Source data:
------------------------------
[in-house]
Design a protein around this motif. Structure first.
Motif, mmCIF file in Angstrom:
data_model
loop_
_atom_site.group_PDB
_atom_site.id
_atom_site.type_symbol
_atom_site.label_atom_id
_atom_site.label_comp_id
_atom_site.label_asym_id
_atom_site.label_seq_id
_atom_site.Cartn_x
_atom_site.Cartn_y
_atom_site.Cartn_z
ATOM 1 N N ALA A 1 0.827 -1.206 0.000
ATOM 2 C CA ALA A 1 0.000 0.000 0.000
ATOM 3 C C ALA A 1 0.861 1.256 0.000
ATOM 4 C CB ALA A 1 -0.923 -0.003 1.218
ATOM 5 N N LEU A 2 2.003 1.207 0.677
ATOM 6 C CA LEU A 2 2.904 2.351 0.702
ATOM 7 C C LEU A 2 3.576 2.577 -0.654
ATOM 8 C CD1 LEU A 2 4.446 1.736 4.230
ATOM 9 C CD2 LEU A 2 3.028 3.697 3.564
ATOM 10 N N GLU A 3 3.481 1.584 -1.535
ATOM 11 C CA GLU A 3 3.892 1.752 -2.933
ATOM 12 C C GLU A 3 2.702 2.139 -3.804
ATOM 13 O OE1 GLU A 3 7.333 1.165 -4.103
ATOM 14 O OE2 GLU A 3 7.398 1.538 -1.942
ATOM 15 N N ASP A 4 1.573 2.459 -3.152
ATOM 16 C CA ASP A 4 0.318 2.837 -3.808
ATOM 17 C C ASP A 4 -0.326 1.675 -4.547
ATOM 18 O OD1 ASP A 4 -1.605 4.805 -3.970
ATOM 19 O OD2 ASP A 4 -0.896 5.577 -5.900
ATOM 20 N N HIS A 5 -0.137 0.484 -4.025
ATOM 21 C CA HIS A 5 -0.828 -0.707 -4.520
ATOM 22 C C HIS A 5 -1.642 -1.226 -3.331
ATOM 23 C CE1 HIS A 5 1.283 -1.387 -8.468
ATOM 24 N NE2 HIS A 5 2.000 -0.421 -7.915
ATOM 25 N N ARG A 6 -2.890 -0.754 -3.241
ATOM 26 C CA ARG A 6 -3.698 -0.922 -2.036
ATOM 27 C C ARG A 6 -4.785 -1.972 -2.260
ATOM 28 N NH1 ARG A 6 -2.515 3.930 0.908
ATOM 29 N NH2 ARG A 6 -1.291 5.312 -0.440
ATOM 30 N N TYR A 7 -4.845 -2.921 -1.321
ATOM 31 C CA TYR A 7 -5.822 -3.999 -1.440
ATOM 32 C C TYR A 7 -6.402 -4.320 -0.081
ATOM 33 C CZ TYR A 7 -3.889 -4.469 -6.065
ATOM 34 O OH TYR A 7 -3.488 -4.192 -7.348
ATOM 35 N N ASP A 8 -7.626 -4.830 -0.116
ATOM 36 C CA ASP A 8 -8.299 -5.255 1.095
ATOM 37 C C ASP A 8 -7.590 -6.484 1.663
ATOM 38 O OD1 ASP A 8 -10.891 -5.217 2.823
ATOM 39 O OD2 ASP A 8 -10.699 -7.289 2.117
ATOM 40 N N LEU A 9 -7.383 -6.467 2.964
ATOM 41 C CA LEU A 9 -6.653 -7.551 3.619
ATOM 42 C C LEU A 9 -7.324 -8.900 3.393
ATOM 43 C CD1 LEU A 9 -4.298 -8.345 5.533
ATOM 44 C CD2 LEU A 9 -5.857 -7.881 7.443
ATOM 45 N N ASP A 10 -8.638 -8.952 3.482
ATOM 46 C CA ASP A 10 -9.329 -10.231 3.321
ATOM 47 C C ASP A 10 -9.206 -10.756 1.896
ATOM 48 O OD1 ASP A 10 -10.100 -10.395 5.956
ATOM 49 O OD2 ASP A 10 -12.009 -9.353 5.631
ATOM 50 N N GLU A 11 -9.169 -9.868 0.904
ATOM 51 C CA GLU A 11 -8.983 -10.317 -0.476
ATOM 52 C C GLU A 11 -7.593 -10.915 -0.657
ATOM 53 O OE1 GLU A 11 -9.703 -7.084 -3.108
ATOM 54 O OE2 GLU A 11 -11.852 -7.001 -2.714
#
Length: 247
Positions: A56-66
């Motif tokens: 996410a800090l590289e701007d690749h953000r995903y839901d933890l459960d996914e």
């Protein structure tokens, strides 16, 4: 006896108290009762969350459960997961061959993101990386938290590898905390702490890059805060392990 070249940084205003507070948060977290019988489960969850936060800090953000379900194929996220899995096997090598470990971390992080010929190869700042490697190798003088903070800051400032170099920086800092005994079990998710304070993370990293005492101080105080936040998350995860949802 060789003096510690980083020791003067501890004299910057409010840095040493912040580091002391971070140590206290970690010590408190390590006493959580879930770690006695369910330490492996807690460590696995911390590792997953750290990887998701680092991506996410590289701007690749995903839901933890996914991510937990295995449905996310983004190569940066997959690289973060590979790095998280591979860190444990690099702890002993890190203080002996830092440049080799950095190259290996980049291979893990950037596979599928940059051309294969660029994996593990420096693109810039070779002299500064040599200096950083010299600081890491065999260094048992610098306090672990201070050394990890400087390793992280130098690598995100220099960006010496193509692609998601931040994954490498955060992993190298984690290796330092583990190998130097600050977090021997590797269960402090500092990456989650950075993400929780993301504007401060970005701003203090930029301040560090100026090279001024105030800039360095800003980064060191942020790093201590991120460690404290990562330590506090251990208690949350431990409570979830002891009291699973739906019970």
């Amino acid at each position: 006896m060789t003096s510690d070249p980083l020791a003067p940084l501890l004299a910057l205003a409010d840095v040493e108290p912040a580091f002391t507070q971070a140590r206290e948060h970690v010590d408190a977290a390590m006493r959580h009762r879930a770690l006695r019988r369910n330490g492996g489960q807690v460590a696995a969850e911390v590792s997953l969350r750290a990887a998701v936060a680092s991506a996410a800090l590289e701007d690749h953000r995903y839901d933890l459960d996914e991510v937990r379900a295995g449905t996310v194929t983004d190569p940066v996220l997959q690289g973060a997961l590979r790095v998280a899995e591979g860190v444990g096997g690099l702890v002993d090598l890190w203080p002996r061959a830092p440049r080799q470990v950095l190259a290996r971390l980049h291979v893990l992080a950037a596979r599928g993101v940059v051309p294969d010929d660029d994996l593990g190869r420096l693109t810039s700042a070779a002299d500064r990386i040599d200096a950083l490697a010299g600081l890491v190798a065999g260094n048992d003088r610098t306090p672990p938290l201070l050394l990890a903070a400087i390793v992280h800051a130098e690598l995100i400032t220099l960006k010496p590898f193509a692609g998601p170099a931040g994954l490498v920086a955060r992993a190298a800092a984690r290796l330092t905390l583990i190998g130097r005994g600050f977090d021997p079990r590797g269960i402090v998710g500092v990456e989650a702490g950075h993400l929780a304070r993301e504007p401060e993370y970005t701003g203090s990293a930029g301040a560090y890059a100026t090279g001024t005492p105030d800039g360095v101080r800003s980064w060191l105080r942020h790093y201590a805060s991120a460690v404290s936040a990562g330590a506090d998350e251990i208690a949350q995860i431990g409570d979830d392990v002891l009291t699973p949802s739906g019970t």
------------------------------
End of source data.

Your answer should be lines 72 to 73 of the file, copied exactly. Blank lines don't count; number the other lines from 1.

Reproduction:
Positions: A56-66
């Motif tokens: 996410a800090l590289e701007d690749h953000r995903y839901d933890l459960d996914e």